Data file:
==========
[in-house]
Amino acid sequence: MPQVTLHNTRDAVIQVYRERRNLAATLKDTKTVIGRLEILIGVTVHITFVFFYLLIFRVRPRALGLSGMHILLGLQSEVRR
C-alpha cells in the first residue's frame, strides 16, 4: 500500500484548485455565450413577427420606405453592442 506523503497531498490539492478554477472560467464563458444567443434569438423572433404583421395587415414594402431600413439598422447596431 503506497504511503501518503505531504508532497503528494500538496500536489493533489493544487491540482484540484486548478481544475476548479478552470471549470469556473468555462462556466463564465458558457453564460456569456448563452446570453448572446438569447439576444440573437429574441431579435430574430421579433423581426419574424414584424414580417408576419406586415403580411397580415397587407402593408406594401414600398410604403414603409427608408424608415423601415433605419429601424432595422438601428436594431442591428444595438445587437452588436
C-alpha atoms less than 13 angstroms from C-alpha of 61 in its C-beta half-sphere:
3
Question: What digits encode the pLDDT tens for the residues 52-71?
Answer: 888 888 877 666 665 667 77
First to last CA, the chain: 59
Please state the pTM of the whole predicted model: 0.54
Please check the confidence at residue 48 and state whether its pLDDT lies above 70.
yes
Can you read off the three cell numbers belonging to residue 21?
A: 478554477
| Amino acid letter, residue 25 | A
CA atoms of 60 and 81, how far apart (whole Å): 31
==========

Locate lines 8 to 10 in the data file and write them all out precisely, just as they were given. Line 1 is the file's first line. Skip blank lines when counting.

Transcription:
First to last CA, the chain: 59
Please state the pTM of the whole predicted model: 0.54
Please check the confidence at residue 48 and state whether its pLDDT lies above 70.